25. 25. Comments & criticismagainst Perda• Indra Pilliang (CSIS): A 2004 law gives central government the powerto squash perda if they contravened national laws or the Constitution,but don’t because of fear of offending religious groups because theyneed their electoral support and for fear of inflaming conflict• Ryaas Rasyid (former regional autonomy minister): central govt shouldbe more active in enforcing the law and determining if theregulations were illegal. Laws requiring women, even non-Muslims, towear headscarves, should be abolished• Andi Yuliani Paris (National Mandate Party, Islamic party with secularplatform): regulations that divide religious groups will sharpenconflict. A judicial review or class action could be filed against localadministrations
  26. 26. Central Government Stancetoward Perda• Perda produced by local government according to regionalautonomy laws, except religious affairs (and foreign affairs)• Ministry of Internal Affairs can strike out non-compliant perda,and have done so on a number of occassions, but have notdone so with precisely the religious perda• Rumour has it that Susilo Bambang Yudoyono hates the perda,but doesn’t do anything about it because of fear of backlashfrom Islamic constituency• Politics as usual, just like in the New Order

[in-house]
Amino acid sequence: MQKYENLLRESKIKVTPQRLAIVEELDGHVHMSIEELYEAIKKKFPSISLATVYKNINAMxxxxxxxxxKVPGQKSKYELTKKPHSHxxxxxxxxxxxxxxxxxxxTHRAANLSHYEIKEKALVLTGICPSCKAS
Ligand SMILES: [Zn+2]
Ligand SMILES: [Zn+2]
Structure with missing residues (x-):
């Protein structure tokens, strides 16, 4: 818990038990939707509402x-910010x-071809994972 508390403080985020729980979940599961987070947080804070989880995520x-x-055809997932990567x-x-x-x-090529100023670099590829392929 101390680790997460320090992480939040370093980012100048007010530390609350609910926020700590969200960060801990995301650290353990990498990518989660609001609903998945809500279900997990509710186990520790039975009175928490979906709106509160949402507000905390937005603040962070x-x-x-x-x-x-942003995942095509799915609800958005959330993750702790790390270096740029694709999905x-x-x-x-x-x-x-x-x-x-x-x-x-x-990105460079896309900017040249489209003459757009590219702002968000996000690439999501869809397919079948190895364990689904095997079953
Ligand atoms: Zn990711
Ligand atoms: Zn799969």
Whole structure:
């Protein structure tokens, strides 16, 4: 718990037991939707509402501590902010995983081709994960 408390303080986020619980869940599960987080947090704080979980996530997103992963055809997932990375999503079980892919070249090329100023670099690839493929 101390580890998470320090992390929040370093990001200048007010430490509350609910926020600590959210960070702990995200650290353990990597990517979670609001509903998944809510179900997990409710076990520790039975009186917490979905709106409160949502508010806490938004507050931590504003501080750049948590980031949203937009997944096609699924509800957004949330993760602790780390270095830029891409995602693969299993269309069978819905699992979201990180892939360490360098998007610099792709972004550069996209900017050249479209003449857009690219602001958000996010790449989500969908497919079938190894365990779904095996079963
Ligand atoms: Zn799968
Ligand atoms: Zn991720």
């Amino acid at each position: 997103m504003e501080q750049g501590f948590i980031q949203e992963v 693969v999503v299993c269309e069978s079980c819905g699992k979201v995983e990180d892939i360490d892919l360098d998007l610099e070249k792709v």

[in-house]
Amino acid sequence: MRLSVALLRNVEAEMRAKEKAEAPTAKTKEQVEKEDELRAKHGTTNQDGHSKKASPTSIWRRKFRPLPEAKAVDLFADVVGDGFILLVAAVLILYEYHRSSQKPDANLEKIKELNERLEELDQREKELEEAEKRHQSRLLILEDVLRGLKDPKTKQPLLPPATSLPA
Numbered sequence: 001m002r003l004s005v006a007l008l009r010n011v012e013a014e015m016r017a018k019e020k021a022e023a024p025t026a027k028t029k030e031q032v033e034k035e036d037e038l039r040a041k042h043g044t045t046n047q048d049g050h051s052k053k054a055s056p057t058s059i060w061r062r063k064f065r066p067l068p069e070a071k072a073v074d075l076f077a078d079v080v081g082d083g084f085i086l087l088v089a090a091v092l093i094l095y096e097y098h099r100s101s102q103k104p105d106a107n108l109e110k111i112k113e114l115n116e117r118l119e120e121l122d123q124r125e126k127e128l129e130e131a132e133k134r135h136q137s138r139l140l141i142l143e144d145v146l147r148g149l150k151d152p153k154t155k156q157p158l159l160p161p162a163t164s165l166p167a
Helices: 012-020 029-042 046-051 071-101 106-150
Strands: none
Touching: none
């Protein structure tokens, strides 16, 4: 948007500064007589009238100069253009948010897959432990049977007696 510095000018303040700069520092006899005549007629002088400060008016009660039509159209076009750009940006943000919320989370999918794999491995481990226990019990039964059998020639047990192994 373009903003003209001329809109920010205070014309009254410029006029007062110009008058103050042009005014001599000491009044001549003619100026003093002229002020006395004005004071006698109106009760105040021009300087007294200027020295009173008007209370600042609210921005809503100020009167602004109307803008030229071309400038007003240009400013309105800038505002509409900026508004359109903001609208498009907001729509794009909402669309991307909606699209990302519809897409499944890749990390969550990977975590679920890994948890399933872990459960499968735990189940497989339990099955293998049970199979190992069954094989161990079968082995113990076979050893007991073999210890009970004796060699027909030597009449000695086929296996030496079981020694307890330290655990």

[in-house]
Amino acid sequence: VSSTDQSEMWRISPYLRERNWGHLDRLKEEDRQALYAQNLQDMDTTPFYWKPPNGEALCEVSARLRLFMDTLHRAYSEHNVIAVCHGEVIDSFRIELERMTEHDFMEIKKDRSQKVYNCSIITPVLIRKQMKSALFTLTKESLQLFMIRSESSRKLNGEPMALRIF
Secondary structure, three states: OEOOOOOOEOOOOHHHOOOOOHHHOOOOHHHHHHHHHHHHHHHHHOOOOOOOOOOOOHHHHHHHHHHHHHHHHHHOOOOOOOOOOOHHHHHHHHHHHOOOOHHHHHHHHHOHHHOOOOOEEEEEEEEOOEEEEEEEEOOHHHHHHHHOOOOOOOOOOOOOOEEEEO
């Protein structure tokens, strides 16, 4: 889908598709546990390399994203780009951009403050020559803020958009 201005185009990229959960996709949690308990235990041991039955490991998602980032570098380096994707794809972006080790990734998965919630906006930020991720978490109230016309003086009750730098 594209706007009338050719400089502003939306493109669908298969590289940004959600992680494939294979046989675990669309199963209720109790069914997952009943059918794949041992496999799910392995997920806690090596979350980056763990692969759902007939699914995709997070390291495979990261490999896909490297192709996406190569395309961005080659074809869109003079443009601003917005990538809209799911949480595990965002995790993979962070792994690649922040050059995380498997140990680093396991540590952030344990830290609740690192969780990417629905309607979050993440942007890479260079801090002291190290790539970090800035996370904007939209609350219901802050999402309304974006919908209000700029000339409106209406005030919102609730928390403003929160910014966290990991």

27. 27. Victimises & Targets Women• Much of the perda restricts women’s behaviour and freedomand even criminalises them:1. Clothing: not allowed to wear clothes that reveal hair,arms, thighs2. Travel: cannot travel alone3. Employment: cannot work at night• In the same way that State Ibuism marginalised and oppressedwomen, these local perdas produced by the local despots aredoing the same
  28. 28. Perda counter toDemocratization• Irony: Reforms intended to give democracy and the right to avoice to milliosn of people silenced for decades under Suharto,may strip away the few rights they have• Against pluralism: what about non-Muslims?• Strips away freedom of ideas, expression and politicalparticipation fought so hard for by the opponents of Suharto• Regional conservatism not isolated Reflected in RUU APP - theAnti-Pornography and Anti-Pornoaction Bill being debated inDPR (People’s Representative Assembly)